The son of a Russian spy couple who lived clandestine lives in Canada and the United States says he wants a future in Canada after the country’s Supreme Court ruled he can keep his Canadian citizenship.
Alexander Vavilov was born in Toronto, which would typically qualify him for Canadian citizenship. But authorities had ruled that Vavilov didn’t qualify because his parents were part of a Russian spy ring in North America that was broken up by the FBI in 2010.
The high court rejected that finding on Thursday, meaning Vavilov can reside permanently in the country where his parents once lived clandestine lives as deeply embedded spies who were the models for the TV show “The Americans.”
“It’s a huge relief,” Vavilov said at a news conference Friday after flying to Toronto from Russia. ”I am happy to be back in Canada, to be here without this constant doubt in my head, with the ability to finally put down roots and build a life for myself. It’s going to take time. But I’m happy I can move forward with my life and put these problems behind me.”
Vavilov, 25, said he works in finance but said it’s been difficult to find work because companies don’t want to be associated with his espionage story. “It’s been difficult, a lot of anguish and stress,” he said.
He said that, though he flew in from Russia, he’s been bouncing around countries in the Middle East and Asia and it’s “hard to say” where he now resides. Vasilov declined to comment on life in Russia under Vladimir Putin.
The Canadian government argued he wasn’t entitled to citizenship and appealed to the Supreme Court to annul the passport granted to him by a lower court. But the top court upheld that ruling.
Vavilov’s supporters said a son shouldn’t pay for the sins of his parents, while critics contend his claim to be a Canadian by birth was based on fraud since he and his parents lived under stolen identities in the Toronto area, and later Massachusetts, as they collected intelligence for Moscow.
He said he has mended his relationship with his parents.
“I understand their decisions now. They did what they did for patriotic reasons. They wanted to help their country to fight for peace and better understanding between the countries,” he said. ”Although I suffered through the result of all this, but I have a understanding of why they did what they did. In their position maybe they shouldn’t have had children, but that’s not say I’m not happy to be alive and be here.”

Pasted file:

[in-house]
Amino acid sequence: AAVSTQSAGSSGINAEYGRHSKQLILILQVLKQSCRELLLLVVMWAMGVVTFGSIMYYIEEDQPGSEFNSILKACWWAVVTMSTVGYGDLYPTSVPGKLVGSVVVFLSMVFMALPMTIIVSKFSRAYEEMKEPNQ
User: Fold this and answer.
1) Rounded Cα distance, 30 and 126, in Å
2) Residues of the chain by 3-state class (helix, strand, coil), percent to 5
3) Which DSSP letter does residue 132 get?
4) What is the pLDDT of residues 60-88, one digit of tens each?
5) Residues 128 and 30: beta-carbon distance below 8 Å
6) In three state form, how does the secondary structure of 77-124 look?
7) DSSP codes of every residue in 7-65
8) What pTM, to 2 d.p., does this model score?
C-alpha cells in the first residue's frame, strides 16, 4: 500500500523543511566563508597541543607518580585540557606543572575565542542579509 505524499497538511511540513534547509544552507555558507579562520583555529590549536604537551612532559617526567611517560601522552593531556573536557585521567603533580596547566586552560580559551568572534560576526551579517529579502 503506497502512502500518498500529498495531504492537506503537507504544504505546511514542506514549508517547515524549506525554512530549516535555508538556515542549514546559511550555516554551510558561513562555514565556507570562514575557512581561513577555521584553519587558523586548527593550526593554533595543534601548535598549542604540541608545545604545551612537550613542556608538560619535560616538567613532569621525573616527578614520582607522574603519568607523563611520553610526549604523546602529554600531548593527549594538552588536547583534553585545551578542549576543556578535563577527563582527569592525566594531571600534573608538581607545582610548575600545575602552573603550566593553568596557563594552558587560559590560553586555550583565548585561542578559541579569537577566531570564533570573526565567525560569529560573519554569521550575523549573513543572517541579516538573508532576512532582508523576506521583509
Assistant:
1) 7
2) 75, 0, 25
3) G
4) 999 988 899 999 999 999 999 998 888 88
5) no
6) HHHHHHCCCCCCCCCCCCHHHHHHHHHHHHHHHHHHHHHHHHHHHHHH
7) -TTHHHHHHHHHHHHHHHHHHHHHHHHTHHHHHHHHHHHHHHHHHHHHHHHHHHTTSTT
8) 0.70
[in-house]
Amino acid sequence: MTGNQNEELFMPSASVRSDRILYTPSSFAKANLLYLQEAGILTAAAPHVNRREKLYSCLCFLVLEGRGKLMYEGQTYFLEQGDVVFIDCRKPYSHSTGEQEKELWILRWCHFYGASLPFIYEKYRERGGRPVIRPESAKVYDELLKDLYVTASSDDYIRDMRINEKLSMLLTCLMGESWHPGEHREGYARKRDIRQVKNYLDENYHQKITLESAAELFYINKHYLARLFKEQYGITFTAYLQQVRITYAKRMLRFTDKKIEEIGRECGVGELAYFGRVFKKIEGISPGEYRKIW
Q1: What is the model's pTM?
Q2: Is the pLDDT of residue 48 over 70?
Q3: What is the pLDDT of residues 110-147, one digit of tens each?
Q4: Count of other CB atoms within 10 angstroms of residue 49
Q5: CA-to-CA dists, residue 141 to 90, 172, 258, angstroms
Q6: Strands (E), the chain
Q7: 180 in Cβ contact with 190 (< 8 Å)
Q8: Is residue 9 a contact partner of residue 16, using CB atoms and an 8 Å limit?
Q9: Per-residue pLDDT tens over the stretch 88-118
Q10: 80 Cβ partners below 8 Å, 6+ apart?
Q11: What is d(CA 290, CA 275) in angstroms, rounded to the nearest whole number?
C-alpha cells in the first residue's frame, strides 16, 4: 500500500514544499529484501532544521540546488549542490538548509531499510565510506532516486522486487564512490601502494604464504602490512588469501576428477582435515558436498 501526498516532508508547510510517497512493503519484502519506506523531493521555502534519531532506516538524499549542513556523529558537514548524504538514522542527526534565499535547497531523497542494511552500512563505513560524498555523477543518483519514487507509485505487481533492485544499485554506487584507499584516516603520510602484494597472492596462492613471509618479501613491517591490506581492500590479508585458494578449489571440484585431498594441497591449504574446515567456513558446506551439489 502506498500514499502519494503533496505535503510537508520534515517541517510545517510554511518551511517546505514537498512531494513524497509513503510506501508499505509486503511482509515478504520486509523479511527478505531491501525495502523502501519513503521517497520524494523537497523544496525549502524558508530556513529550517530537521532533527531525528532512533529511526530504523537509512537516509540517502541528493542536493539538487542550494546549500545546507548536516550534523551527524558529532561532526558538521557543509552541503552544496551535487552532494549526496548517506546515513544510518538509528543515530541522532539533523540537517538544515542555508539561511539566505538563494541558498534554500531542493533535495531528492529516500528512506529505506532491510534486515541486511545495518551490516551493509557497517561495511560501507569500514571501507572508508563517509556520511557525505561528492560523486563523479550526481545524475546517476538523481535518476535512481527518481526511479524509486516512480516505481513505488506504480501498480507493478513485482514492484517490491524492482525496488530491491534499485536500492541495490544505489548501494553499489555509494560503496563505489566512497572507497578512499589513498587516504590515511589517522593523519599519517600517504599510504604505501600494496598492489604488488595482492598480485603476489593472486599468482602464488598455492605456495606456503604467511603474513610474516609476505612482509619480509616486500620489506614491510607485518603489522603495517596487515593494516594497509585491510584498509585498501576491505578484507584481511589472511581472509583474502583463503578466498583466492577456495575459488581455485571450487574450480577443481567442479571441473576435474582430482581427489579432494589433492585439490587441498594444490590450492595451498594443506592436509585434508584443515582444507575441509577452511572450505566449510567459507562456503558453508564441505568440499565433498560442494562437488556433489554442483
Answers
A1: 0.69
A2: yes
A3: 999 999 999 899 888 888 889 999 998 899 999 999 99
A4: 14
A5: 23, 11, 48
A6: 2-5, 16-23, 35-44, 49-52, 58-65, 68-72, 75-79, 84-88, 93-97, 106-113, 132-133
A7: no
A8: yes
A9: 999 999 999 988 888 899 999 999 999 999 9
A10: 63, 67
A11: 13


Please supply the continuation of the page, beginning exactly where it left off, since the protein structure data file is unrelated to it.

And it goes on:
Canada, like the U.S., grants citizenship to anyone born within its territory with limited exceptions, such as the children of diplomats. The government argued that Vavilov’s parents were employees or representatives of a foreign government and thus ineligible. Vavilov’s lawyer argued that they were not official representatives and that all that matters in this case is their physical birthplace.
The parents came to Toronto in the 1980s and took the names Donald Heathfield and Tracey Ann Foley. Two sons were born — Timothy in 1990 and Alexander in 1994 — before the family moved to Paris in 1995 and then Cambridge, Mass., in 1999.
In 2010, the FBI arrested a ring of sleeper agents for Russia that it had been following for years in the United States. All 10 pleaded guilty and were returned to Russia in a swap.
Alexander Vavilov said he had no idea his parents were spies and that he’d never been to Russia before. ”I thought the FBI had the wrong house,” he said. “I did not believe it.”
The family’s story became the inspiration for “The Americans.” He said he and his parents have watched the show.
“My parents said they enjoyed watching it because it at least portrayed the sense of patriotism and the sense of connection. It’s a good show,” he said.
The FBI agent who oversaw the arrests said in 2010 that Timothy Vavilov may have found out about his parents’ secret life before they were arrested.
Alexander called that nonsense and said his parents would have never have put them in jeopardy by telling them. The brothers weren’t charged. “He’s over the moon,” he said of his brother.
Their lawyer said no evidence had ever surfaced suggesting the sons knew their parents were Russians or were spies.
Alexander Vavilov wanted to return to Canada for university but was denied. The government ruled Canada would no longer recognize him as Canadian because his parents were “employees or representatives of a foreign government.”
After losing in a lower court, Vavilov won support from the Federal Court of Appeal, which ruled in 2017 that the law applies only to foreign government employees who benefit from diplomatic immunity or privileges. Vavilov was given his citizenship back.
In its decision, the Supreme Court said the citizenship registrar’s decision was unreasonable. Although the registrar knew her interpretation of the provision was novel, she failed to provide a proper rationale, the court said.
Although it involves the same central issue, Timothy Vavilov’s case proceeded separately through the courts and was not directly before the Supreme Court. However, in a decision last year, the Federal Court of Appeal said its 2017 ruling on Alexander Vavilov equally applied to his brother, making him a citizen.
Former FBI agent Richard DesLauriers, who oversaw the arrest of the couple, Andrey Bezrukov and Elena Vavilova, and the other eight sleeper agents criticized the high court’s decision. DesLauriers called it ridiculous.